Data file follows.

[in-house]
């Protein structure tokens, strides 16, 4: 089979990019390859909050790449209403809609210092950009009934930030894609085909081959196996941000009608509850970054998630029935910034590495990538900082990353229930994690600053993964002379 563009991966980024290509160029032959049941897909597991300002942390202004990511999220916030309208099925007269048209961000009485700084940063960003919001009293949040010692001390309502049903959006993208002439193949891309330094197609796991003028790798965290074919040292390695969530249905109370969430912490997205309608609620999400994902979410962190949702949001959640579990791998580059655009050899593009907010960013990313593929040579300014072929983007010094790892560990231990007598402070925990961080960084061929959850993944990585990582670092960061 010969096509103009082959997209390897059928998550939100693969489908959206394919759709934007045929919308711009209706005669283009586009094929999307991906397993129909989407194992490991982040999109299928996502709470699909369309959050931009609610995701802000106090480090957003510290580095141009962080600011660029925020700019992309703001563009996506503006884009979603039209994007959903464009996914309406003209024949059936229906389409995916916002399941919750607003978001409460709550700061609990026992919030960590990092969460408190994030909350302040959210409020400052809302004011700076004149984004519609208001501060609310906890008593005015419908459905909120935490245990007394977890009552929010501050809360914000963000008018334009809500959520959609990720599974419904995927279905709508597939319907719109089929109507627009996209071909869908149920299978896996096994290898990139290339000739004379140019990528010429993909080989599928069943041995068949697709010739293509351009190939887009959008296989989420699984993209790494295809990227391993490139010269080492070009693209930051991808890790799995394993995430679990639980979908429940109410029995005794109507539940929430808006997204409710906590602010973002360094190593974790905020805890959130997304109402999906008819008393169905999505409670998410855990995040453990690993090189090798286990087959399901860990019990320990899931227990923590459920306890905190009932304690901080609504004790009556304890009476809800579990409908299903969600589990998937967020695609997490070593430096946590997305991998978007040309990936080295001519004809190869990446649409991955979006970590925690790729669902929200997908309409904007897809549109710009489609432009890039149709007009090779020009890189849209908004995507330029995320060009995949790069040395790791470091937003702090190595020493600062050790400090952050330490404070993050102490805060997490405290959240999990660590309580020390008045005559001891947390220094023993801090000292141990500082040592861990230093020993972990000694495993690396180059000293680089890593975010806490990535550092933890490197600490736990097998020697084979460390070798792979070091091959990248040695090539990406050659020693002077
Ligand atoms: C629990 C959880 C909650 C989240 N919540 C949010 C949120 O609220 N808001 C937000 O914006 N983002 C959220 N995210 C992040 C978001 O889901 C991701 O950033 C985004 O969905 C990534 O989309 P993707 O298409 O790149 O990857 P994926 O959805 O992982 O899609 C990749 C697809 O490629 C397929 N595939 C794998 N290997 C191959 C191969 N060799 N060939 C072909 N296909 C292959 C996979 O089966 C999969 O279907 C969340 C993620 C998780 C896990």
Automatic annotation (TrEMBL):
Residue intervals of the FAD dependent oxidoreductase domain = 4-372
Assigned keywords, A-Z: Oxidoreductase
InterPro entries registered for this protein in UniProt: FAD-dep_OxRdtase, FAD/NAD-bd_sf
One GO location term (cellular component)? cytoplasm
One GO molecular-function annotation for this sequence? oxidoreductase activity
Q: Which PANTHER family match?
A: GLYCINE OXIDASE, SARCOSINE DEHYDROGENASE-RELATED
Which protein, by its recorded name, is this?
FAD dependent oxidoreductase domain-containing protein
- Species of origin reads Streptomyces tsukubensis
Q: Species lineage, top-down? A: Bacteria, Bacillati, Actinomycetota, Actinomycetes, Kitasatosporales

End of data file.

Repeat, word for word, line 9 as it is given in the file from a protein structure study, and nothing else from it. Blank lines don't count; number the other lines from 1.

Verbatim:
One GO molecular-function annotation for this sequence? oxidoreductase activity